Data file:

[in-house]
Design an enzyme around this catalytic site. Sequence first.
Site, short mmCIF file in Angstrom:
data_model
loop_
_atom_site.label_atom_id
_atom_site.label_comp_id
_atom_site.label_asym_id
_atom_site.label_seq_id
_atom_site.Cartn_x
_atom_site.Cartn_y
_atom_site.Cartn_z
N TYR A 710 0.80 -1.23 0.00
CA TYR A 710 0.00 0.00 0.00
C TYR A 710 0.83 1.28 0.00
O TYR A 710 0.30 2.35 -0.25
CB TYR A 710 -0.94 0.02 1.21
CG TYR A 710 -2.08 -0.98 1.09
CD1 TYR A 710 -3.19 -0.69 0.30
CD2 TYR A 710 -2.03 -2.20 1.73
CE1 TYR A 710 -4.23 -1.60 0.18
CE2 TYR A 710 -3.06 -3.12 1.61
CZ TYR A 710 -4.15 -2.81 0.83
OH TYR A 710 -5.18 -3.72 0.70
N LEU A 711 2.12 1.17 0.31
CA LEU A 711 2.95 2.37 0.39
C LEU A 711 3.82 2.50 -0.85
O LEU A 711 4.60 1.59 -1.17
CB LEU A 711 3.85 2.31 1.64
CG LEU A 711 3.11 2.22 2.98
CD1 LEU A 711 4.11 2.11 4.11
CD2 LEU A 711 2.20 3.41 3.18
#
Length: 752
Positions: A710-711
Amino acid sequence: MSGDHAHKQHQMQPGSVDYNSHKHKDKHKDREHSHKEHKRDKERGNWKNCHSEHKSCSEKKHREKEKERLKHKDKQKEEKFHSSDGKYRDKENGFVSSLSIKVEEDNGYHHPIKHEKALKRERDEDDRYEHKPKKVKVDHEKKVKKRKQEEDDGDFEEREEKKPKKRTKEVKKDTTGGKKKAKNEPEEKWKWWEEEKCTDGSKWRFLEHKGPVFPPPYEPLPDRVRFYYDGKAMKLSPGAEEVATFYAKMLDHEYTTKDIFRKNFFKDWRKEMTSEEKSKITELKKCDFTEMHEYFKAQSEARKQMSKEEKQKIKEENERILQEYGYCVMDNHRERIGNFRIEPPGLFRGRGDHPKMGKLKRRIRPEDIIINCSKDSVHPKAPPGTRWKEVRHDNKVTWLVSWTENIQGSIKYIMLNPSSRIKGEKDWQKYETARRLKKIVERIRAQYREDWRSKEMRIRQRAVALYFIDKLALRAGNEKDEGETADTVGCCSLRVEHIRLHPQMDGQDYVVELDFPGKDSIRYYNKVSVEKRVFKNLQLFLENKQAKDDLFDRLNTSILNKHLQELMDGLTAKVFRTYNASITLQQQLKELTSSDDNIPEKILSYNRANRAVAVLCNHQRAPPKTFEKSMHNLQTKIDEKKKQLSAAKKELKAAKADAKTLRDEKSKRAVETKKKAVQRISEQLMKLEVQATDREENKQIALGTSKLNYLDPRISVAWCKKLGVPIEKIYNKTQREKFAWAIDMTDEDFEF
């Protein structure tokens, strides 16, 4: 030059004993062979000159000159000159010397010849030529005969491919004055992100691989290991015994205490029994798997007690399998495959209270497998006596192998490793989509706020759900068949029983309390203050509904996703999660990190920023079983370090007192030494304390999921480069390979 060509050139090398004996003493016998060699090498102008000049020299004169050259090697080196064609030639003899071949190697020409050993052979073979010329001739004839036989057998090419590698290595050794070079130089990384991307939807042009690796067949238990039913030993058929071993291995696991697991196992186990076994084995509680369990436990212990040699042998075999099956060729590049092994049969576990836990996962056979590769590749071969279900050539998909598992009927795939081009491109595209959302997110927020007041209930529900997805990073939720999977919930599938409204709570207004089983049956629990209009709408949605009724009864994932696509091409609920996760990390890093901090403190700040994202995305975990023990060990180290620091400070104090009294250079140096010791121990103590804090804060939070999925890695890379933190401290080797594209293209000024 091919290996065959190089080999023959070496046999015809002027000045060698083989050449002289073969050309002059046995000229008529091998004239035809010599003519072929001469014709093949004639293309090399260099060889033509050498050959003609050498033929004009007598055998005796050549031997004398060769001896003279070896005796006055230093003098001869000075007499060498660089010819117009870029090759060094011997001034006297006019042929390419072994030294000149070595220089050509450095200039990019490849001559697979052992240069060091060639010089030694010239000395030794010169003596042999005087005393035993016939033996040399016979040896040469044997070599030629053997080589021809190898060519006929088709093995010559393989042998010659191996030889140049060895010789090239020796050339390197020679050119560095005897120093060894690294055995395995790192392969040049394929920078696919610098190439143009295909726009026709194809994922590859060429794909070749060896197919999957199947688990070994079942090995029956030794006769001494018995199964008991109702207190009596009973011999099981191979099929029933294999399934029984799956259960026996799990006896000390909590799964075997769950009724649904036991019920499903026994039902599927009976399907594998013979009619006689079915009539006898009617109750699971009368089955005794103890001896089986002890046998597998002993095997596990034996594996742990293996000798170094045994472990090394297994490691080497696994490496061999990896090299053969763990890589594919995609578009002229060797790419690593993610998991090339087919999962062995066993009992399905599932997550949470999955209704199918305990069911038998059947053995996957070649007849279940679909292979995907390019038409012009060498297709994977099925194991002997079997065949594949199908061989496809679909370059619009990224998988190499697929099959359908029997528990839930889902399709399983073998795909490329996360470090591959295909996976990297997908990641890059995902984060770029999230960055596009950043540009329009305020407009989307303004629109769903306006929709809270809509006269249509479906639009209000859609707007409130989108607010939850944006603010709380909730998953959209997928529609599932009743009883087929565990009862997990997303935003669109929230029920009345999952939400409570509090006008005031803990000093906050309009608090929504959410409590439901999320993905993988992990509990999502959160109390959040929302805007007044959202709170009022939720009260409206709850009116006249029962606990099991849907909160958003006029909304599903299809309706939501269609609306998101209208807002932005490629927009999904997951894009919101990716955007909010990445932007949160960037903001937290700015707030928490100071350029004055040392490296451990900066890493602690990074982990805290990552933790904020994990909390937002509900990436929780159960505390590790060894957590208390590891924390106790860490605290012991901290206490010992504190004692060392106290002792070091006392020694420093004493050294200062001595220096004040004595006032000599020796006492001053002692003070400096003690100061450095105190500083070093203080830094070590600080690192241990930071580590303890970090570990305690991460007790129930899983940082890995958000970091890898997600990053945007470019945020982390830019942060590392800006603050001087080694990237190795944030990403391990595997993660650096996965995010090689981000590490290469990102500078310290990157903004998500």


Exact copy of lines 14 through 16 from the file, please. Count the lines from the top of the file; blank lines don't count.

CA TYR A 710 0.00 0.00 0.00
C TYR A 710 0.83 1.28 0.00
O TYR A 710 0.30 2.35 -0.25